While Knocked Up may not be suitable for family viewing (f-bombs probably make up half the dialogue), director Judd Apatow, who also directed The 40 Year Old Virgin, tells the story of Alison, a beautiful 24-year-old who goes out to celebrate a promotion at work. At a bar, she meets Ben, a twenty-something who spends his days smoking pot and watching movies for a semi-pornographic website that he and his friends plan to develop. Their meeting results in a one-night fling. Not much more is needed than the sobriety of the following morning to convince Alison that the relationship won't be developing further.
Several weeks later, Alison learns that she's pregnant and contacts Ben. The movie shows no other intention than that Alison will have and keep the baby. Surprisingly, Ben steps up to the plate. Sure, one could say that Hollywood is just making another idealistic movie. But when did Hollywood idealism become a story about two people who face an unplanned pregnancy, decide to have the baby, develop a relationship and actually become better people because of their sacrifices?
A subplot in the movie touches on the marriage of Alison's sister. Although it is less than ideal, the couple faces the challenges set before them. By the end of the movie, the marriage destined for divorce seems to be on good footing. Not bad for an R-rated film that isn't family friendly.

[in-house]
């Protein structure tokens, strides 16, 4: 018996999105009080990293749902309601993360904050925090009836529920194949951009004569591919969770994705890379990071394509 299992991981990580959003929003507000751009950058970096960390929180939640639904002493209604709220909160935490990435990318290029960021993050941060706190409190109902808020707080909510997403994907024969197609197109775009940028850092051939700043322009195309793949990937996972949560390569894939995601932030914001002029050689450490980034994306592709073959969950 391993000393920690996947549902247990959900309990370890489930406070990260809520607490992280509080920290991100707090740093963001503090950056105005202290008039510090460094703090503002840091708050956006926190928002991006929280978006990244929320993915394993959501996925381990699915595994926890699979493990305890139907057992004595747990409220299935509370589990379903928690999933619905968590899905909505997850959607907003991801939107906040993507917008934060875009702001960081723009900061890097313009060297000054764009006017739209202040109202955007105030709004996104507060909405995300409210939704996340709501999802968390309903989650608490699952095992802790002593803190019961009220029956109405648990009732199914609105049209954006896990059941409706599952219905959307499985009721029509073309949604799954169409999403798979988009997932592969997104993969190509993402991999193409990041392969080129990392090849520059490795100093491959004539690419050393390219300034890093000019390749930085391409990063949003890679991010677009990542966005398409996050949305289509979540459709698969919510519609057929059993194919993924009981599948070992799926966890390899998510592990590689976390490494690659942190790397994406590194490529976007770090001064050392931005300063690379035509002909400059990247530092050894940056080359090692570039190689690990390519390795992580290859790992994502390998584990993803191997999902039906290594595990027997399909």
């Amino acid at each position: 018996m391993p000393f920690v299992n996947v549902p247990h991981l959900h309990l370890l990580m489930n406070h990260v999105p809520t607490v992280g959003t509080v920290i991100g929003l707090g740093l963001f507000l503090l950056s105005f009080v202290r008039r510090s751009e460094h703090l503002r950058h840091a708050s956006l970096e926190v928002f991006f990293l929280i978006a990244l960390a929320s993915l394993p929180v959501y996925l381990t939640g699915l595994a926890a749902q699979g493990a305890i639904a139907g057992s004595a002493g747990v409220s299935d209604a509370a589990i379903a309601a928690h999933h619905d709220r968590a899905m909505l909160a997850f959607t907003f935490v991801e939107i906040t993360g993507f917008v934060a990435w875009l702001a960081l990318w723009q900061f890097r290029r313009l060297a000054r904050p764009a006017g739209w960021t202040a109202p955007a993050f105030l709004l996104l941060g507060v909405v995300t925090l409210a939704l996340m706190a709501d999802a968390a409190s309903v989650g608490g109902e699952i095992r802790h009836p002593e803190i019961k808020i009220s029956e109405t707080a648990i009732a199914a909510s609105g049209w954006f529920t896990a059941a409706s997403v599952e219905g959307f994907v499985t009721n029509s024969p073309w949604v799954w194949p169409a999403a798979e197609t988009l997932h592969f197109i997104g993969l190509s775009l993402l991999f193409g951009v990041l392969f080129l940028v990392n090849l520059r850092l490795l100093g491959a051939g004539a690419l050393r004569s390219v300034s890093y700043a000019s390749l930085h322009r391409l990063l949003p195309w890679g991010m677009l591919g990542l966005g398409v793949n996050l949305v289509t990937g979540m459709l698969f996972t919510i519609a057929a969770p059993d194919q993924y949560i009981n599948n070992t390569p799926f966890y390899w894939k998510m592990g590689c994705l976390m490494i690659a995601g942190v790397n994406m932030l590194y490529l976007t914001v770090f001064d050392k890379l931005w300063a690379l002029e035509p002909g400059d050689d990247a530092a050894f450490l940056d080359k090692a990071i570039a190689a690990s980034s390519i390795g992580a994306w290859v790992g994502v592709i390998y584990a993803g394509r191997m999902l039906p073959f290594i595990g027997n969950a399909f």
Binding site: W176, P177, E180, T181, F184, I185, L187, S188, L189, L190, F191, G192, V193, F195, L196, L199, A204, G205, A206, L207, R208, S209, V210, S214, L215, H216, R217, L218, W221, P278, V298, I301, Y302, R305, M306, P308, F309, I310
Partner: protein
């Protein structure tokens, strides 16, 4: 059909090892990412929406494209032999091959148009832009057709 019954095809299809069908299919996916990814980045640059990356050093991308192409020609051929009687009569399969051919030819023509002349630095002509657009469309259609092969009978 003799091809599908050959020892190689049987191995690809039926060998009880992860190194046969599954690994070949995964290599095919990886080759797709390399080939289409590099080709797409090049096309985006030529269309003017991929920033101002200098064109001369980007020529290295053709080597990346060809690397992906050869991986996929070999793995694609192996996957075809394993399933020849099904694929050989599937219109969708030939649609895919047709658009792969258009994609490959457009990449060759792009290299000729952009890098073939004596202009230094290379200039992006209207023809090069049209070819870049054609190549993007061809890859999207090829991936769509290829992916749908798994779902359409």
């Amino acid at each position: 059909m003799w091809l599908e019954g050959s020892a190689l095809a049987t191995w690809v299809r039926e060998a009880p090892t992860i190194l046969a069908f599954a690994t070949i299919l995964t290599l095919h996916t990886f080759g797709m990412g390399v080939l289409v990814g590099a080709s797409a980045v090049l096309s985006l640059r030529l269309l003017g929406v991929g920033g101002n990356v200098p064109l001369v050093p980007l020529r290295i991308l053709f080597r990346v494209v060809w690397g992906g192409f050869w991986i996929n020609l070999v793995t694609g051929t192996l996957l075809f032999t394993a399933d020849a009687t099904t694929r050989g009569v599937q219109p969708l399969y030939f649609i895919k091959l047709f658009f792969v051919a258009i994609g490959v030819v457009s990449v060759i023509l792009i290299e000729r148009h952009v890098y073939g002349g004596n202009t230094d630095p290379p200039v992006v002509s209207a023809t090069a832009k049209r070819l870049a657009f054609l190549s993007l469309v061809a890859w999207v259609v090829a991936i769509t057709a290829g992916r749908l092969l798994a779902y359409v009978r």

Just this past Christmas, another surprisingly pro-life movie was released in theaters: the independent film Juno by the same director of the hilariously funny, albeit crude, Thank You for Smoking. Juno is a 16-year-old high school junior who ends up pregnant after having sex with her best friend Bleeker. After a brief experience in an abortion clinic, she leaves, determined to have her baby and give it up for adoption.
Quirky, smart, and worldly, Juno is no ordinary teenager. Or perhaps she is since those same adjectives could describe a lot of teens. Her father and his wife express their disappointment at her pregnancy but agree to support her in her decision. Poor Bleeker gets relegated to the sidelines of her life until the end of the pregnancy. The adopting couple end up having their own drama and decide to divorce before the baby is born. Nonetheless, Juno still gives the baby to the woman to raise as a single mother.